Think of this in simple terms - what to say, when to say it, who to say it to, who to represent the business, what platform, what content checks, what type of responses.  As noted above, if behavior is limited or excluded, draft this in narrow terms. As suggested by American attorney Glen Gilmore, create a decision tree.
  •  Emergency / Feedback
Have a sense of who will say what when the proverbial sh1T hits the fan. Woolworths’employee policy was severely criticized on social media at the back-end of last year and this is a good example of how not to handle a social media crisis. Keep in mind the immediacy of the platform, the fact that you can correct any misconception, publish anything you want to rectify the situation and it will reach millions, instantly. It also keeps working while you sleep. Understand what sort of feedback you want to provide in normal business as usual situations and who will provide the feedback. Refer to a decision tree.
  • Communication and Accuracy
The policy should be a living document. Constantly update and review it, the law is dynamic. Communicate the policy to all members of staff, preferably with a face-to-face discussion and explanation. If you are a large corporate, risk averse red tape may get in way of the immediacy of the platform – work around it, or work with it.
  • Training
Twitter libel and defamation is a real possibility, as are various types of legal actions, depending on your industry. We are all living in an age of consumerism, dealings must be fair and honest. Understand the potential risks, particularly if your business model is a regulated profession. Training of key staff members on the wide variety or benefits and risks of the various platforms is probably a given by now, but go beyond the superficial. Make the training and how-to seminars relevant to the business and its vision. Once the right processes and training is in place, the company should avoid most liability and it will be hard for an employee to avoid accountability when negligent.

The nub of it is this; a social media policy is now regarded as best practice and essential. In the United States, the jurisprudence focuses on labor rights in the free speech context.  In South Africa, the law is yet to develop and the focus is on whether the mode of dismissal is fair, focusing on procedural and substantive fairness with a superficial and over-simplified analysis of the law.  Although both jurisdictions have similar considerations, the manner in which they decide on disputes of this nature is diametrically opposed.  Be that as it may, regardless of jurisdiction in a social media labour dispute, the considerations will be similar and the rationale used produces similar results.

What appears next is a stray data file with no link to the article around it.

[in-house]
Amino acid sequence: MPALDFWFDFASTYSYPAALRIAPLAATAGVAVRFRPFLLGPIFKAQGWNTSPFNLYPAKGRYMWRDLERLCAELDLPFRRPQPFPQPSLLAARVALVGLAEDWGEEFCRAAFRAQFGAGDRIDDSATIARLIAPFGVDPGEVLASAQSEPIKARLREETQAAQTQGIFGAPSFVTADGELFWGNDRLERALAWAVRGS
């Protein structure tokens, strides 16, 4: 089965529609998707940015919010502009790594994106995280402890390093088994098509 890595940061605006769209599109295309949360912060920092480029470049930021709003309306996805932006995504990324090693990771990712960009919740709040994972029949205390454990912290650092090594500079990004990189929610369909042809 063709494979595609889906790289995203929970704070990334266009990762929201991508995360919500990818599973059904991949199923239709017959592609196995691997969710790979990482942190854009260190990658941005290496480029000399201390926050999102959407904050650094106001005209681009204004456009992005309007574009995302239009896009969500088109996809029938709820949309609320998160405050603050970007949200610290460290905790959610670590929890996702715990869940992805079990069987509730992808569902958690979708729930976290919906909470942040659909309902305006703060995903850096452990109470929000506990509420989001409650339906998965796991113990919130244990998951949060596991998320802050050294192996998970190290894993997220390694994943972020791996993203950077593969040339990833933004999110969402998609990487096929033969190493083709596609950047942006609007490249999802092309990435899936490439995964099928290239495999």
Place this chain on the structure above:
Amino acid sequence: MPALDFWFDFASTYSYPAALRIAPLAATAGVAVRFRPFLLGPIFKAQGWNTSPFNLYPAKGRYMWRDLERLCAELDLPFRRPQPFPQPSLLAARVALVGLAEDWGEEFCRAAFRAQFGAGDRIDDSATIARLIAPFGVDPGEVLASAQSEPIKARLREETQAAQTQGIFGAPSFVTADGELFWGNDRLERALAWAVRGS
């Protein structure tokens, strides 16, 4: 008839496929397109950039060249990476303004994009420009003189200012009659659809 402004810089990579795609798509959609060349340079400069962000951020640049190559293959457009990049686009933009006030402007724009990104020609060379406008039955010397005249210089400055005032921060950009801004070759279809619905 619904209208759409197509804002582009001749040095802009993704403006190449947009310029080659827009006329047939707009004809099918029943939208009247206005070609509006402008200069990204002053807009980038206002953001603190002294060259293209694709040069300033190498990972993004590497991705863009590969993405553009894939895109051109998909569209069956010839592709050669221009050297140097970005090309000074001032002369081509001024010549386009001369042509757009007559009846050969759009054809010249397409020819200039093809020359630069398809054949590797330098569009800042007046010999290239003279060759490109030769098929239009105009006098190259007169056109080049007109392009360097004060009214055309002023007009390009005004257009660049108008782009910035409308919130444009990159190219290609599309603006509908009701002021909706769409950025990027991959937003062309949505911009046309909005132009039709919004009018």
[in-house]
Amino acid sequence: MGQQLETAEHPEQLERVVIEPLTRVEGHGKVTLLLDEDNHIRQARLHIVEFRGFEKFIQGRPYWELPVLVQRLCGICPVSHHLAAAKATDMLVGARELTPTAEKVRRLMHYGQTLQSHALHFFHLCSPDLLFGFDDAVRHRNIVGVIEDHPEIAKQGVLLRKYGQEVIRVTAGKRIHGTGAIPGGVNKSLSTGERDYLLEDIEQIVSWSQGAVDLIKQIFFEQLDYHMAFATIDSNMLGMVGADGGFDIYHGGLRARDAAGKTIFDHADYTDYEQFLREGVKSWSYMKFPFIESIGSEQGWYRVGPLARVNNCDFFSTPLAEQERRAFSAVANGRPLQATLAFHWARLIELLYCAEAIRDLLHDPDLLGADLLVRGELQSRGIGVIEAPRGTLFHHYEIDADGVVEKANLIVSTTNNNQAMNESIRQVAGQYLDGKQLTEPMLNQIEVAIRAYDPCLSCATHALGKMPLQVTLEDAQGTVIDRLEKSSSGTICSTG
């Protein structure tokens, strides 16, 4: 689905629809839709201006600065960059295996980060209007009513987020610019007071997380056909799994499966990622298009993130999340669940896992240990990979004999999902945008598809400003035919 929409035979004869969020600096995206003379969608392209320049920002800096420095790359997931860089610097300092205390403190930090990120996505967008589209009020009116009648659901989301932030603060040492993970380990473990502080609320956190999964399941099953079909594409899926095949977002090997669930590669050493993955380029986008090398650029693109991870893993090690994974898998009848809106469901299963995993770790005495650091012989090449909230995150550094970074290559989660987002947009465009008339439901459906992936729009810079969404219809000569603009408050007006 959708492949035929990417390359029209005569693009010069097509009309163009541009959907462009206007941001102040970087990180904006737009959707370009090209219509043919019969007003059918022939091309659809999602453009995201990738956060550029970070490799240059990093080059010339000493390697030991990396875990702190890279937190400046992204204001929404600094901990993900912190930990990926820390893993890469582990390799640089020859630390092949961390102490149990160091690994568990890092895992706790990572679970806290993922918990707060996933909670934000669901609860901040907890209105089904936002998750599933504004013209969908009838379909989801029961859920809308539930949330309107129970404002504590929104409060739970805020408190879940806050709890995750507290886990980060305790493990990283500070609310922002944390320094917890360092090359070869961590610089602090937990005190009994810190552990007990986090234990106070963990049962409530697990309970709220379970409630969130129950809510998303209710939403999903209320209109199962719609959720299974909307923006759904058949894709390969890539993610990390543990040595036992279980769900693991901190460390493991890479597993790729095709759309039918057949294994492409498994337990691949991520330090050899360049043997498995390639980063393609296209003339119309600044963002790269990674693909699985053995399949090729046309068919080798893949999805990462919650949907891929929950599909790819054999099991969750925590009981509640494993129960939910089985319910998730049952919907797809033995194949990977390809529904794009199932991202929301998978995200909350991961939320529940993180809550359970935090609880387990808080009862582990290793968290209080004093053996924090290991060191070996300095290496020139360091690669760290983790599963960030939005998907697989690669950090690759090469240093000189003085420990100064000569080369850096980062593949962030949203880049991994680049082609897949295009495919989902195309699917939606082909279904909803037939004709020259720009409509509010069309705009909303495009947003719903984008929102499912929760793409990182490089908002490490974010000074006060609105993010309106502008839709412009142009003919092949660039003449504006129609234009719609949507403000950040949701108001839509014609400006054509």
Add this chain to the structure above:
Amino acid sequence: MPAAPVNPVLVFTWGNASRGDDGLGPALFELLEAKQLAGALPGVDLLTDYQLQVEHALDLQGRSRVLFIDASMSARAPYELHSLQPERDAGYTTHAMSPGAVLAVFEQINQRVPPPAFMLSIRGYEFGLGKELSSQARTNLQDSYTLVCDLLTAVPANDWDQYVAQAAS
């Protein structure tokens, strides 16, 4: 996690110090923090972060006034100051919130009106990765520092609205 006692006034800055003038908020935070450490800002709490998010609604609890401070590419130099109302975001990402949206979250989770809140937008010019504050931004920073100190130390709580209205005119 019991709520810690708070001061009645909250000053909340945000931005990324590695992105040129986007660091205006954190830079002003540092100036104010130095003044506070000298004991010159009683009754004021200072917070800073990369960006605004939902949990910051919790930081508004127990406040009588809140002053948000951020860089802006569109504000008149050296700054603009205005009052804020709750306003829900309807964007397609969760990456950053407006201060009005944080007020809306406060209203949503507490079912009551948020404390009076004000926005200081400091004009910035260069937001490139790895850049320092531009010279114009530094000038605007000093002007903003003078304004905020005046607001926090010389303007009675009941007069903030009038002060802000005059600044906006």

** Apologies to those who prefer the spelling labour

Tuesday, 8 January 2013

Legal Social Media Roundup 2012


If you consider Google trends (screenshot below), it gives one a sense of the enormity of growth in social media over the past decade.  The onslaught of technology and a culture of instant communication have forced legal systems to adapt. Nimble and dynamic are not the type of words you would typically associate with the tradition and formality of law, however, the global legal systems have adapted, and in some cases, change has been dramatic.

Google trends social media
Google trends on social media


The digital world is evolving.  Large corporate entities view social media as a key part of a marketing or sales strategy with spending in this environment at all-time highs.  For a useful view of the 30 largest corporate advertisers on social media in 2012, look here.

The trends insofar as Google search may be slowing, or even flattening, but there is no going back now. The next few generations are taught on iPads, eat meals with a Blackberry and become familiar with technology and smart phones from an early age.  The pressing need to be bigger and better has infused technology into everyday life; the effects appear irreversible. Service of legal process via Facebook, the American Bar Association amending its professional rules of conduct, Samsung v. Apple turf war, multi-million dollar civil defamation awards and jail time – 2012 was a year of rapid development in the digital legal environment.  The training wheels are off and we are now moving at a rapid pace. 

1. Formal recognition of social media

One of the most respected legal institutions globally, the American Bar Association (ABA), has amended its professional rules of conduct to incorporate social media.  Lawyers are taking instruction on social media, using social media in preparation and discovery and liaising with clients (and potential clients) online.  The playing field is changing and the ABA appear alive to the nuances of social media.

In addition to the formal rules change, the ABA has released a practical guide to social networking for lawyers and has a vast resource section with many useful links.  Social media is no longer a nice to have or a “young thing” not relevant to certain individuals.   I would imagine that bar associations around the world will follow the example set by the ABA.

2. Service of legal process

Technology and law do not always sit comfortably together.  The nature of technology is diametrically opposed to that of law; one is measured and steady, the other is rapid and dynamic.  Consequently, certain jurisdictions have been (and continue to be) reluctant to adapt to changes in communication and technology.  However, in the last few years we have seen certain courts accept service of legal process via Facebook, electronic exchange of pleadings, internet streaming court coverage and many other technological advances.